Still, for Tom Terrific, a fourth ring (and sixth Super Bowl appearance) would tie him with Montana and Bradshaw and give him a legitimate claim to the title of best quarterback of all time. He has the stats. He would have the hardware.
The advanced metric community already embraces him as among the best ever. The ring lovers of America can't wait to anoint him.
All he needs to do is slip one more on his finger.
There was a small window of time when a narrative formed that Roethlsiberger was preternaturally clutch. The Steelers were marching toward their third Super Bowl despite generally terrible quarterback play.
Because the simple minded couldn't accept that there might be other reasons for the victories, they crafted a story to explain away Roethlisberger's generally uneven play in the 2010 playoffs, saying that his "clutchness" was the reason the Steelers were nearly champions.
That worked right up until it didn't. Pittsburgh lost the Super Bowl as Big Ben failed on the final drive.
Roethlisberger has started to break down physically thanks to a decade of beatings. He's already a likely Hall of Famer, and probably underrated overall. A third ring would certainly go a long way toward establishing as one of the 10 best of all time.
It's not crazy. He's only three to four years away from breaking into the top 10 in most significant counting stats. Another fantastic year and a ring, and he'll make every list of the greatest of all time when he retires.
Eli will always be compared to Peyton.
Let's accept that now.
As things stand, the only reason there's a discussion about the two is that Eli has two rings. The best season of his career would rank as his older brother's ninth best year. So in terms of quality play, there's really nothing to compare.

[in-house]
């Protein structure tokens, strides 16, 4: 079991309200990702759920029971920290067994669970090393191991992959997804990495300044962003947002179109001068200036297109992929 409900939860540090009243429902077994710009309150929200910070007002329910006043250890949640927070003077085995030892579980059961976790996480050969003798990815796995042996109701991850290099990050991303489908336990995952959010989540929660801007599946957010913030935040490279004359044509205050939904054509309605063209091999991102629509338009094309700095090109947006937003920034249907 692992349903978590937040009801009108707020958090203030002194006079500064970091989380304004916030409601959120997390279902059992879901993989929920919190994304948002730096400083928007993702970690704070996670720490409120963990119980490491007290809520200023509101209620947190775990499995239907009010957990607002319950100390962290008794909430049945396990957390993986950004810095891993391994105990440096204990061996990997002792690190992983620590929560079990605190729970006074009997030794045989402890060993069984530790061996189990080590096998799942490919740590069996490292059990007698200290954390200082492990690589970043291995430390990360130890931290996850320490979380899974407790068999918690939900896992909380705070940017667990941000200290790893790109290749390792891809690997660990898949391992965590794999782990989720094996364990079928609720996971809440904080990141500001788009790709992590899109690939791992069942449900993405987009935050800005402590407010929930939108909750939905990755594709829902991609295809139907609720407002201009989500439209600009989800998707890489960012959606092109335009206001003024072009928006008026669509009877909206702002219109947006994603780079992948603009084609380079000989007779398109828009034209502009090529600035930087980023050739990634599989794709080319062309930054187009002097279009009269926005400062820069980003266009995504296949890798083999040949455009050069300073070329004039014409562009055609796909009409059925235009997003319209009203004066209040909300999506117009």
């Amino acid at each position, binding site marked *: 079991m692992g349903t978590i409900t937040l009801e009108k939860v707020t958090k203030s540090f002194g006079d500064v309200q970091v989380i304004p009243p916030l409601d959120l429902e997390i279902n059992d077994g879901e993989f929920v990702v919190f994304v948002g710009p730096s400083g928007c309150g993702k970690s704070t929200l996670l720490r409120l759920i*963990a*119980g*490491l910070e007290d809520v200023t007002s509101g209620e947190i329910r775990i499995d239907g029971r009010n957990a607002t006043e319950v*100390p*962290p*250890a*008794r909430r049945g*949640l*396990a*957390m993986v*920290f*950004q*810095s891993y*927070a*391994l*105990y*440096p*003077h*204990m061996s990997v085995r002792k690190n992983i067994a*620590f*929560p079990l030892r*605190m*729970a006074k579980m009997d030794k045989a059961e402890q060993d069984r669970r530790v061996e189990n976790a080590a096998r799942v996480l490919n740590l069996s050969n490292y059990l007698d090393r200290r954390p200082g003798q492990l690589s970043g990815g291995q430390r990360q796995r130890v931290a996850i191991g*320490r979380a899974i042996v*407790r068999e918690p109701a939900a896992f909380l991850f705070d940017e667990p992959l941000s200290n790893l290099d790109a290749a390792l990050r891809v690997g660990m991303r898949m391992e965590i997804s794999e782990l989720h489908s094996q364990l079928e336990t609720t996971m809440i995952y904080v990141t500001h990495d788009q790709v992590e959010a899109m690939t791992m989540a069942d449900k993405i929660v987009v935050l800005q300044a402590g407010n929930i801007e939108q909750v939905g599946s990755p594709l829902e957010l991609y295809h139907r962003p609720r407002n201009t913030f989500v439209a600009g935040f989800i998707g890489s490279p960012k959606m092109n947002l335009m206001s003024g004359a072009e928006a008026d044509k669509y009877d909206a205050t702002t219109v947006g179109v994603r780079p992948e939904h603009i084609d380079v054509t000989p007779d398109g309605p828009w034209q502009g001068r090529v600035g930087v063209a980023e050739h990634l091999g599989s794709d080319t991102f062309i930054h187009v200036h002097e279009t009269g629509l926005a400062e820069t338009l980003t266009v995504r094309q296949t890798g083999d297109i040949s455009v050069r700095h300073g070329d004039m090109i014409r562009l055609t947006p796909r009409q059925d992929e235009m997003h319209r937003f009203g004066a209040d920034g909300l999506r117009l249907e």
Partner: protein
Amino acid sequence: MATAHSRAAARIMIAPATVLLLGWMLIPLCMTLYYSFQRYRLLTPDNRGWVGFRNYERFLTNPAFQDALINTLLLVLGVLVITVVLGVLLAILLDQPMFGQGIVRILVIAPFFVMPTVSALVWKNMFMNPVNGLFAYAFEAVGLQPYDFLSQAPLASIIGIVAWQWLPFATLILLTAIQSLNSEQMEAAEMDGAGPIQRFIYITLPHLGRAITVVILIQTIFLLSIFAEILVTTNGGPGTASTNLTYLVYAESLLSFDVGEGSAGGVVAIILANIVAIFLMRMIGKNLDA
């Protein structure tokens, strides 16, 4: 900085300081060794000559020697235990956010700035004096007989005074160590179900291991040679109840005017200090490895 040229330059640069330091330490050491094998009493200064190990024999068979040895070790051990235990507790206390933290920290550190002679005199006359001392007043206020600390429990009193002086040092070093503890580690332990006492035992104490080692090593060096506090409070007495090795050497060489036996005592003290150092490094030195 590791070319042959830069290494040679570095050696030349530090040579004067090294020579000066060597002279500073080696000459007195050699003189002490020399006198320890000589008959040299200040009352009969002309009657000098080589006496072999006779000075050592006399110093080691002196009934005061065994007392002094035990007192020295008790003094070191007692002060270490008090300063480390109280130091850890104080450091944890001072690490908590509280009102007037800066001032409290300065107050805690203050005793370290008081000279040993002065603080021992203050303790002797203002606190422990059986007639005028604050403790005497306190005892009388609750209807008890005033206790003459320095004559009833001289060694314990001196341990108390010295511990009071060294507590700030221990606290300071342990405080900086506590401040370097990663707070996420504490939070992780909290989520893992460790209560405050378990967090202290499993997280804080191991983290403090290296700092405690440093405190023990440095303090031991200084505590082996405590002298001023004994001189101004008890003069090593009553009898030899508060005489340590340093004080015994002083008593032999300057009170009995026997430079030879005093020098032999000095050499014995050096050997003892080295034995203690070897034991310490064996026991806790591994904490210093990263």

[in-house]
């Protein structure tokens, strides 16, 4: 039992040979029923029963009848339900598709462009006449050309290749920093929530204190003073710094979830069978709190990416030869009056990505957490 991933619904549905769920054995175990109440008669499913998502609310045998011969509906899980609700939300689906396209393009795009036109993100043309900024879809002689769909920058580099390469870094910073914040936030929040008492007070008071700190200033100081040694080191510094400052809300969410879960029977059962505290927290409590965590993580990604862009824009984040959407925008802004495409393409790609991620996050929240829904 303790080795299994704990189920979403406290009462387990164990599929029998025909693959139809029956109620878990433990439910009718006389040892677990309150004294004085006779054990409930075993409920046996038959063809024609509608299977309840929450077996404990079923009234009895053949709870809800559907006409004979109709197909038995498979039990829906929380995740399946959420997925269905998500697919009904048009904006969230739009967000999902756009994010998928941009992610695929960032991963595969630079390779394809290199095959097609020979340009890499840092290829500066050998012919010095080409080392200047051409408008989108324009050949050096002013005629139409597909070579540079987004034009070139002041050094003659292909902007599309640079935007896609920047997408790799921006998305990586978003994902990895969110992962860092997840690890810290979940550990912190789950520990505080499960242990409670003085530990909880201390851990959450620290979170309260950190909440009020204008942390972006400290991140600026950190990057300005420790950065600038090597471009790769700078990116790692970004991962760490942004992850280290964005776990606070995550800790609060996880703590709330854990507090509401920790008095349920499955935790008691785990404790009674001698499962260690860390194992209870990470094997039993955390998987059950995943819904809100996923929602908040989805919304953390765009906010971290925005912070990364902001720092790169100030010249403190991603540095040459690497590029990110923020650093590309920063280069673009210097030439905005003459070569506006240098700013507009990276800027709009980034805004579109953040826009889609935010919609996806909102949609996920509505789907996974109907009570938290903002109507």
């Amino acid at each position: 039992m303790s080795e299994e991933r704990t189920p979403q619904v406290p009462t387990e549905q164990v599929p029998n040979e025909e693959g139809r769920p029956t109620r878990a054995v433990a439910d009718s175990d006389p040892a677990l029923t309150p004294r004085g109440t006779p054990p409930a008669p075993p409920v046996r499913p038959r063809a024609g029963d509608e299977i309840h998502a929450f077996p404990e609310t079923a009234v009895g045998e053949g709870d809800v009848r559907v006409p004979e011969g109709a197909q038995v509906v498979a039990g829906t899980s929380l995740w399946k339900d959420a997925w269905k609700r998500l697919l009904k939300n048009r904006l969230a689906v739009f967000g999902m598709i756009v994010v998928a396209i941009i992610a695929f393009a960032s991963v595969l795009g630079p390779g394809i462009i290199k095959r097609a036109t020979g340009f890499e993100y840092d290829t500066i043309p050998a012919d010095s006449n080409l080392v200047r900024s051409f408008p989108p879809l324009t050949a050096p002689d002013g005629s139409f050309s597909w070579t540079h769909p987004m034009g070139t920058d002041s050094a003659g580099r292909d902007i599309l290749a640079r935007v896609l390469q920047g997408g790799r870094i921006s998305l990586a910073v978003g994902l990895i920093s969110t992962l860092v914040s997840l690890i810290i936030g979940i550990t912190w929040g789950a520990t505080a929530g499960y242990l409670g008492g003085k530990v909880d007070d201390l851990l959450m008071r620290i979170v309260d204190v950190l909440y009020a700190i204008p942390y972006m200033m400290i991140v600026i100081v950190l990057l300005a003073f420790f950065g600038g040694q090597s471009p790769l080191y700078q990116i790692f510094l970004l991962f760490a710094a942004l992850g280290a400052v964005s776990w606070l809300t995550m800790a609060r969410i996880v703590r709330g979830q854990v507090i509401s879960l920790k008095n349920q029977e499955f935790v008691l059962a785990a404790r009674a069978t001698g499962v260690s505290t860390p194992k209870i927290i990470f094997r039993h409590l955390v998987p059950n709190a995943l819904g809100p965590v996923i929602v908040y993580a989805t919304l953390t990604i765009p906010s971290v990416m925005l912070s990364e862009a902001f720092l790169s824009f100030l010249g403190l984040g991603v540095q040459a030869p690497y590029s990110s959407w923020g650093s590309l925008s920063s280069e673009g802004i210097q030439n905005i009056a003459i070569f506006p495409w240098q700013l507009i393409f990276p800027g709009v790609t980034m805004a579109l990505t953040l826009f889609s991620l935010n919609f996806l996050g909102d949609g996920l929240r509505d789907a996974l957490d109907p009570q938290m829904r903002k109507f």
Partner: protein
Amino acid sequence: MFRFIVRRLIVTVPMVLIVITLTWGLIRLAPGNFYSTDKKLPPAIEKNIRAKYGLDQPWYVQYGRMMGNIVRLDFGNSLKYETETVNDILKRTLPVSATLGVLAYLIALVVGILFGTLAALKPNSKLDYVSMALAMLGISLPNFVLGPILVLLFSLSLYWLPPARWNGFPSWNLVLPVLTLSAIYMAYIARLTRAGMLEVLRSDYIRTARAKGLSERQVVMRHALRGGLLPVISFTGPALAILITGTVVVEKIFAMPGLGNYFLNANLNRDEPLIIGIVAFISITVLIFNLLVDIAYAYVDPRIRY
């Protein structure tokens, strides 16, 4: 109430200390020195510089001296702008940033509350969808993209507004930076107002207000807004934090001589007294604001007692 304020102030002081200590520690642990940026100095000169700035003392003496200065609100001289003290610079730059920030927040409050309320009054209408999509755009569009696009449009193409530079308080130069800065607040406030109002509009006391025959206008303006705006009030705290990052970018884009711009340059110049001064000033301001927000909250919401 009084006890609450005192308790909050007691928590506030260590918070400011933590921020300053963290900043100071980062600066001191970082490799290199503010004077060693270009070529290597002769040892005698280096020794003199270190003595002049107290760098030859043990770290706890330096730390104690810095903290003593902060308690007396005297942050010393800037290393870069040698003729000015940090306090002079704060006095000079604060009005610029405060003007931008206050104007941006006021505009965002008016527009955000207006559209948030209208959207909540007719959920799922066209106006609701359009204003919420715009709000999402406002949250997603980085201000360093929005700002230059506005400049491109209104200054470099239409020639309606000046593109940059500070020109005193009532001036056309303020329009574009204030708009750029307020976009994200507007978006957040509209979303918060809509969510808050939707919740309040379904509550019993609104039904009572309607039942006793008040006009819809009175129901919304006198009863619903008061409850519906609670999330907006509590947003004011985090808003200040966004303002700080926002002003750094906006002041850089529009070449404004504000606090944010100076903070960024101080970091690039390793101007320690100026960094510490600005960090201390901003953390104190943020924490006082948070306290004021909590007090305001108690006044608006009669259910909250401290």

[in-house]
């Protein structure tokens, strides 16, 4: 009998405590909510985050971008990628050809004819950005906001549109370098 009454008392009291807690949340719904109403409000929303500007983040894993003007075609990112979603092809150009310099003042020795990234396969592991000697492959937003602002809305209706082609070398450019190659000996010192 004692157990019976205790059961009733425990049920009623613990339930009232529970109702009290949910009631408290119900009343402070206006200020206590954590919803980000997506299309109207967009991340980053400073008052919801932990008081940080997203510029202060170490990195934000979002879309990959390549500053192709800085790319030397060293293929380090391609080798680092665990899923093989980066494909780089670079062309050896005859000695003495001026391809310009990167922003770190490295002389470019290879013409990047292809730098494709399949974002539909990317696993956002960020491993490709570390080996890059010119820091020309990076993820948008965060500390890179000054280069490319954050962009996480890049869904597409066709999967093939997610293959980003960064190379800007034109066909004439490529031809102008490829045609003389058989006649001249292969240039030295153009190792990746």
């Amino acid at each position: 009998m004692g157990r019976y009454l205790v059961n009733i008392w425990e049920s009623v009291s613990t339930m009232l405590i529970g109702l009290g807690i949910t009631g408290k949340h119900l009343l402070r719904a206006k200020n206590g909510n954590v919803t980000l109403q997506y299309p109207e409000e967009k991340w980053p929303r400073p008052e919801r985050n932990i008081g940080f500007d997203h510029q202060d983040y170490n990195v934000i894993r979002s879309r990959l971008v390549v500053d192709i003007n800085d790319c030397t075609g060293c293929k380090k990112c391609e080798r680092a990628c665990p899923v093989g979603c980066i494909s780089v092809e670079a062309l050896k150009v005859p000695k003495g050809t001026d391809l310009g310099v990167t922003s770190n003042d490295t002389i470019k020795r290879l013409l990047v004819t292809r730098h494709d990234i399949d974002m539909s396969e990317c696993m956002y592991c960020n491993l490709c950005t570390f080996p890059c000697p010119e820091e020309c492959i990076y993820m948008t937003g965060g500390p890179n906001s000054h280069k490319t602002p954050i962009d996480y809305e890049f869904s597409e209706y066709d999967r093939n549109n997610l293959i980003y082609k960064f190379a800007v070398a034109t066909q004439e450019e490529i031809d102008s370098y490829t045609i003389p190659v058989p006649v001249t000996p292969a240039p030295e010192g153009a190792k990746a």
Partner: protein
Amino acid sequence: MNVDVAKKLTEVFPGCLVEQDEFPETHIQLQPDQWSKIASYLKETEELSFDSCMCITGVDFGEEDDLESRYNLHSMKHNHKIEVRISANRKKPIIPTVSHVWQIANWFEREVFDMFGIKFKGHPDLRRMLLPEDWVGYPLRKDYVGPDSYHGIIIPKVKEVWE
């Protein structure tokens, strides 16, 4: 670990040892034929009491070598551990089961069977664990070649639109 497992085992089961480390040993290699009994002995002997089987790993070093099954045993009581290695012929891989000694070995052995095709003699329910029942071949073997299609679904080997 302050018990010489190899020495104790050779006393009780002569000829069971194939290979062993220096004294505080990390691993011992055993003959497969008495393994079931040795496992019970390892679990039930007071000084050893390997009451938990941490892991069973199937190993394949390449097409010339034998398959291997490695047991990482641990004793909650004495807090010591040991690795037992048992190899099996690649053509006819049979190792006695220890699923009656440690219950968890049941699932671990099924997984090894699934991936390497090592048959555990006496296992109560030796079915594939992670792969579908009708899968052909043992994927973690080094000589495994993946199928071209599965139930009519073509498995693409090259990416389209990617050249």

You could take the worst nine seasons of Peyton's pro resume, and they would still dwarf Eli. Keep in mind, Peyton's ninth-worst season was 2003 when he was NFL MVP. In his seventh-worst season, he was also MVP.
They will always be compared, but there is no comparison.
If Eli won that third ring, however, he'd climb into Aikmanville. Already a legend for what he's done in New York, the fight between ring believers and the sane would reach a fever pitch.
Eli and Peyton would become Ground Zero for the most divisive debate in NFL history.
Brees is often the forgotten man in the 'best quarterback playing today' discussion. Part of the reason is because people discount much of his production due to Sean Payton's prolific passing structure.
The knock on Brees has always been that he puts up big, but empty yards. Despite an amazing career, his teams have only made the playoffs five times. He's never led his team to victory in a road game in the playoffs.
He's great, but popular perception sees him as a cut below Brady and Peyton Manning.